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Catalonia (Spain): Catalonian Economy and Tax Office presents profound study on social policies, featuring basic income

(Image: Barcelona, “Queen” of the Mediterranean)

 

In the Spanish region of Catalonia, serious efforts are being made to reduce poverty and to reduce inequalities. Last week, on the 17th of November, the Catalan Economy and Tax Office presented a thorough study on social policies, which includes the contributions of 30 academics and other experts and technicians.

 

The document points out that current restrictions on the Catalan regional government public policies are stalling necessary changes, such as the implementation of more redistributive measures. This is due, in part, to the fact that the main tax revenue is managed by the Spanish State. The Catalan regional government is making attempts to address poverty and inequality, with the 2017 regional budget considered to be “the most social ever”.  Under the new budget, more tax will be collected from both large property transfers and non-productive assets, and put into a budget that surpasses all other previous budgets in terms of social spending (education, health and social affairs). Despite this, Catalan officials recognize that the government should do even more to reduce poverty and tackle inequalities.

 

Although Catalonia’s poverty rate (19%) is lower than the Spanish average (22,1%), it is still above the European Union’s average poverty rate (17,2%). Catalonia also faces a persistently high unemployment rate (11,2%), despite the economic recovery in recent years.

 

The document presented by the Economy and Tax Office in Catalonia recommends profound changes to the regional social benefits scheme, which has been inadequate in poverty alleviation and prevention. At one point, it refers to basic income as a possible solution to this structural social problem. The regional basic income would amount to an unconditional allowance of 7471 €/year for every adult citizen, plus a 1494 €/year for every child (under 18 years of age) in Catalonia.

 

According to the study, replacing all current benefits which are valued below the basic income amount would save around 90 thousand million euros per year, in 2010 numbers. The study also states that basic income would reduce inequalities and allow young people to enjoy a larger degree of freedom and emancipation.

 

Pere Aragonès, the regional Secretary for Economy in Catalonia, a region with 7,5 million inhabitants, said at the 17 November meeting that his department and the Tax Office and Employment, Social Affairs and Families one are working on the development of a new set of social progress indicators, which can complement the economic variables (such as GDP).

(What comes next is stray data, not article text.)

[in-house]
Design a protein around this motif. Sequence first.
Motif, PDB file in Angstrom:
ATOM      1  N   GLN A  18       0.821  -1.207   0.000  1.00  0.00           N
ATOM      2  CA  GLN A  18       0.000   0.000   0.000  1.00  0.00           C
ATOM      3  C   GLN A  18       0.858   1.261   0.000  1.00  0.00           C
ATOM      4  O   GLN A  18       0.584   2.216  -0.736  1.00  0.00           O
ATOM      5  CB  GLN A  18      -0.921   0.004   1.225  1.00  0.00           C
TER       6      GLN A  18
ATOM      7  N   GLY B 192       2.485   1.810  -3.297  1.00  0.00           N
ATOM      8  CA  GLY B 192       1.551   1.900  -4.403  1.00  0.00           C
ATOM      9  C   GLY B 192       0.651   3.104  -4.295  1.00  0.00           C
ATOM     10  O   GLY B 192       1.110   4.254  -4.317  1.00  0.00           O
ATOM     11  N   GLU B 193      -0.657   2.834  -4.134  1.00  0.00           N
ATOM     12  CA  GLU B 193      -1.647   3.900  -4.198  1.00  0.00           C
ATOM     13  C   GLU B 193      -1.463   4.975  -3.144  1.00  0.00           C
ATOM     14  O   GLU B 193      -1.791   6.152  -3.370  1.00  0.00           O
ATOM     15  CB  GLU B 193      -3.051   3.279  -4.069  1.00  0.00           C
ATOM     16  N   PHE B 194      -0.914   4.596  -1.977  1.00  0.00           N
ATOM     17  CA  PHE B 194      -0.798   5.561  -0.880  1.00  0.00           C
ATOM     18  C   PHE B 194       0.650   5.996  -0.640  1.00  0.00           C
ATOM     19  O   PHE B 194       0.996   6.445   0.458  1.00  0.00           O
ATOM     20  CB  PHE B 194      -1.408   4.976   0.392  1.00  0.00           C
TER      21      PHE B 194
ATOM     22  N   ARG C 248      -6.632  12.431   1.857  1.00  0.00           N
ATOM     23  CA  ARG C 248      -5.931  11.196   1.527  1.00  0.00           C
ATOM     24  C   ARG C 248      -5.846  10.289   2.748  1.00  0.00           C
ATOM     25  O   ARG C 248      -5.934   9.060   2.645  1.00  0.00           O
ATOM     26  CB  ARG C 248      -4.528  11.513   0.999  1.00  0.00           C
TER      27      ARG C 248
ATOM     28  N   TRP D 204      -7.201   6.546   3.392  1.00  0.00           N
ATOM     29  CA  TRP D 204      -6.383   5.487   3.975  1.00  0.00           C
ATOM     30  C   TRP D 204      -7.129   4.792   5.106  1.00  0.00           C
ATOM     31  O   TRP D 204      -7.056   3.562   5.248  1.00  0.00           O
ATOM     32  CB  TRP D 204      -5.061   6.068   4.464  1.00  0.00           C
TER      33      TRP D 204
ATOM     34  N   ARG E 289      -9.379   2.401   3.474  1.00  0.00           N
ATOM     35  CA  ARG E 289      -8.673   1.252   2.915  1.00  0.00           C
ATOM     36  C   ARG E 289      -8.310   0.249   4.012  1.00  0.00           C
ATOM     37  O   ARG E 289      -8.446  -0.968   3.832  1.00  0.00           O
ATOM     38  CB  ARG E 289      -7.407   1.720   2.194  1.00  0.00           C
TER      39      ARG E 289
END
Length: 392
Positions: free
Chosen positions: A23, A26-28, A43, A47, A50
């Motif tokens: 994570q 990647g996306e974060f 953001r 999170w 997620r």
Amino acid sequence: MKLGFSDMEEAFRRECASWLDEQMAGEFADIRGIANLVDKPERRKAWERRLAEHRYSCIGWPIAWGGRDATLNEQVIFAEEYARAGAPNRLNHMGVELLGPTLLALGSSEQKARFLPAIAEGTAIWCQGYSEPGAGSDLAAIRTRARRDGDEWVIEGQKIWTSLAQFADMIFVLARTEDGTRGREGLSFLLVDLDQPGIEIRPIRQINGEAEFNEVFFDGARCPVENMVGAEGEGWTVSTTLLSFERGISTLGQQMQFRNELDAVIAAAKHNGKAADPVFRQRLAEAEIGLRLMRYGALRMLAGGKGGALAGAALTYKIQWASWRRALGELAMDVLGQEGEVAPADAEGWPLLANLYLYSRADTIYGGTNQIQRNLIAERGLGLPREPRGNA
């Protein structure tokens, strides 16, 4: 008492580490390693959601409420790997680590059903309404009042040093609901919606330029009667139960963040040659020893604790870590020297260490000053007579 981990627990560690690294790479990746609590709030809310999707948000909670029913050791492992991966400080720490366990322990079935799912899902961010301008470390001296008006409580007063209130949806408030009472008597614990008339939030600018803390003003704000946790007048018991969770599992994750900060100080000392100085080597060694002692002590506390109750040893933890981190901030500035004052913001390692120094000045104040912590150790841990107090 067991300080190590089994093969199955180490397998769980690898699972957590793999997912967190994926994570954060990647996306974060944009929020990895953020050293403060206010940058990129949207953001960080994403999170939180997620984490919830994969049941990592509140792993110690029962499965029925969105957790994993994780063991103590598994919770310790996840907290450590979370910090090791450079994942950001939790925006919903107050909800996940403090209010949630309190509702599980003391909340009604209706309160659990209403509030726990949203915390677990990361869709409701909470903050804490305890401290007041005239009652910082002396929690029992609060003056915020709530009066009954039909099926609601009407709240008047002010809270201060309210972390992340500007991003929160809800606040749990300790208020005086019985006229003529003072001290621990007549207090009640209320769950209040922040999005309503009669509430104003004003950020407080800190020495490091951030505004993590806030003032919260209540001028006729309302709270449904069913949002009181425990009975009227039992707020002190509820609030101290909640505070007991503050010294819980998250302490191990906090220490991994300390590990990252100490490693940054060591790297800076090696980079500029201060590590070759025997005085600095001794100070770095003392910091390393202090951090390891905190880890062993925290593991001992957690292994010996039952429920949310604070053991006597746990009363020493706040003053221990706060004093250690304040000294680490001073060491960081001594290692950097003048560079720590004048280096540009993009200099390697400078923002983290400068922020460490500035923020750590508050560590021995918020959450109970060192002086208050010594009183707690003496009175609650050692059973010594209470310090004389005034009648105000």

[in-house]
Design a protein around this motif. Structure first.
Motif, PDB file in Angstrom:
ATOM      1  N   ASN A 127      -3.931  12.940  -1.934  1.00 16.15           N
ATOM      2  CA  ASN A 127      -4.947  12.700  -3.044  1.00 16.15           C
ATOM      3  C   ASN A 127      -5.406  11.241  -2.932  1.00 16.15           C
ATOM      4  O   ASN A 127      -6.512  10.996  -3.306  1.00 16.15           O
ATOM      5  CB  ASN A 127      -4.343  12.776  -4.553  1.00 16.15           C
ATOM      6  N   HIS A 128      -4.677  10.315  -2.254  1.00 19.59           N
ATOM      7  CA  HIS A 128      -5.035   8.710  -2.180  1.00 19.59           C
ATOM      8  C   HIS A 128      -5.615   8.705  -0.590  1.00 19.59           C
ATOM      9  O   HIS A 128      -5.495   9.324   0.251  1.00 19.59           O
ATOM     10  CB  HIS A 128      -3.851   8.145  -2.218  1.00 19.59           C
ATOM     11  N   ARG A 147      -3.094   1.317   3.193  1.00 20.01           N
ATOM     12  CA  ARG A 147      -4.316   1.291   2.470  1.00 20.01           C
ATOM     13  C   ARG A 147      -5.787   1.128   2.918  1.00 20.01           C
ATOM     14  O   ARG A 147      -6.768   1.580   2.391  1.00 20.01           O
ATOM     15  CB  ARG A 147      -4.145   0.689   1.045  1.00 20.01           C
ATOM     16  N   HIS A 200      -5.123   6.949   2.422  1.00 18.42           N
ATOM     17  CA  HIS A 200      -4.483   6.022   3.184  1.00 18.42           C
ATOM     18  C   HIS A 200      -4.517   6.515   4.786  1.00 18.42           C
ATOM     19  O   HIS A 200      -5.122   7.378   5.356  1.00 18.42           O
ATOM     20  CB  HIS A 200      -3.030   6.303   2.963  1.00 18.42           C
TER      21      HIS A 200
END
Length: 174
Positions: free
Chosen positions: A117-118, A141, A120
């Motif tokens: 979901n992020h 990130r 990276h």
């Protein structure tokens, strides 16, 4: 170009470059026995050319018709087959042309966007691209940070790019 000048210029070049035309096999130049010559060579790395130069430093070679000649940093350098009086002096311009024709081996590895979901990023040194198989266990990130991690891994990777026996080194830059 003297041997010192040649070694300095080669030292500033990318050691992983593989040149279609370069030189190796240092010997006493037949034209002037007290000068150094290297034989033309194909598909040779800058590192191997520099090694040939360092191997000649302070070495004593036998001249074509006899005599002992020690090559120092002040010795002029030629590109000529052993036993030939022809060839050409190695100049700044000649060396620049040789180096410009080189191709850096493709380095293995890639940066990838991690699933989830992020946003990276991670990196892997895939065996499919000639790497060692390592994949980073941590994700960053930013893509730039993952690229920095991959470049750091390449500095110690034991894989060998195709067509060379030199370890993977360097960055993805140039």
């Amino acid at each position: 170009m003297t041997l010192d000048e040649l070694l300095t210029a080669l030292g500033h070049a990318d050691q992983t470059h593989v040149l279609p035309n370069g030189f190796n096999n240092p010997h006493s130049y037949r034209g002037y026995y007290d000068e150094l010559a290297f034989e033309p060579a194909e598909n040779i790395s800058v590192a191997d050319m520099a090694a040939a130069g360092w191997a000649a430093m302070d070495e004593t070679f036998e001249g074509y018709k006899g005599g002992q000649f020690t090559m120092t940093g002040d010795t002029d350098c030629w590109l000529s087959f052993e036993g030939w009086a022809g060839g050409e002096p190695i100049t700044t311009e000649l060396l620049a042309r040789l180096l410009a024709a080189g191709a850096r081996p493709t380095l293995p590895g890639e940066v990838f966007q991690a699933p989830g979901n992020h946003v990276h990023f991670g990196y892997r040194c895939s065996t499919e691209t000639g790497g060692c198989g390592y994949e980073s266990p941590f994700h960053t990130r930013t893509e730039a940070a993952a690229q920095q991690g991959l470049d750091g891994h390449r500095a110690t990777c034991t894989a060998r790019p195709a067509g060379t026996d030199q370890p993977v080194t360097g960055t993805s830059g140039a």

More information at:

Catalan News Agency, “Catalonia not able to fight poverty within the “autonomic framework”, report finds”, 17th November 2016

 

About Andre Coelho

André Coelho has written 136 articles.

Activist. Engineer. Musician. For the more beautiful world our hearts know it's possible.

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7 comments

  • Miquel Strubell

    NO PER PUBLICAR!!

    “According to the study, replacing all current benefits which value is below the basic income amount would save around 90 thousand million euros per year,”

    1. Grammar!!!! Mal traduït o explicat, ho sento.

    2. It can’t be €90,000 million, surely! And wouldn’t replacing current benefits not INCREASE expenditure?

    • Kate McFarland Kate McFarland

      Yes, there seems to be a word or two missing (“replacing all current benefits which are valued below the amount of the basic income” is the idea). Thanks for catching that; I’ve edited the post.

      I’ve not read the original report myself, but the linked summary from the Catalan New Agency does state “the authors advocate for an ‘unconditional monetary allowance for all people’ of €7,471 per year for adults and €1,494 per year for children under 18. This income ‘would replace all the current benefits’ of lower amounts, representing ‘a saving of €92,222 million, according to 2010 data’.” It is ambiguous, but I would assume that that is the cost savings from eliminating the existing benefits in question, before taking into account the additional cost incurred by the UBI. This is brought up in the context of asking how the UBI would be financed (where the answer is, roughly, “Partly through taxation, but let’s not forget how much money we’ll free up by removing the need the for current programs”).

  • César

    Sorry, who is the “Catalan Ministry of Economy and Tax Office”? As far as I know there is no such a thing. The Ministry of Economy in Spain is Luis de Guindos and the Ministry of Taxes is Cristobal Montoro. Andreu Mas-Colell is the head of the Economic office in Cataluña. #JustToClarify

  • C Garcia

    Dear Andre,

    César is right, there is no Minister for Economy and Tax Office in Cataluña. The original article is not correct. In Spain we only use the term “Ministro” (ministry) for the central/state administration.

    The term used for the responsible of economy in Cataluña it is “conseller (in catalan)” or “consejero” (in spanish). The original article comes from a news agency that seems to be pro-independence of Cataluña and that is the only reason I find to explain that they use the term Minister, which confuses anyone who is not from Spain.

  • Rugienius Sagnes

    Basic income is a necessity in Catalogna as in Spain

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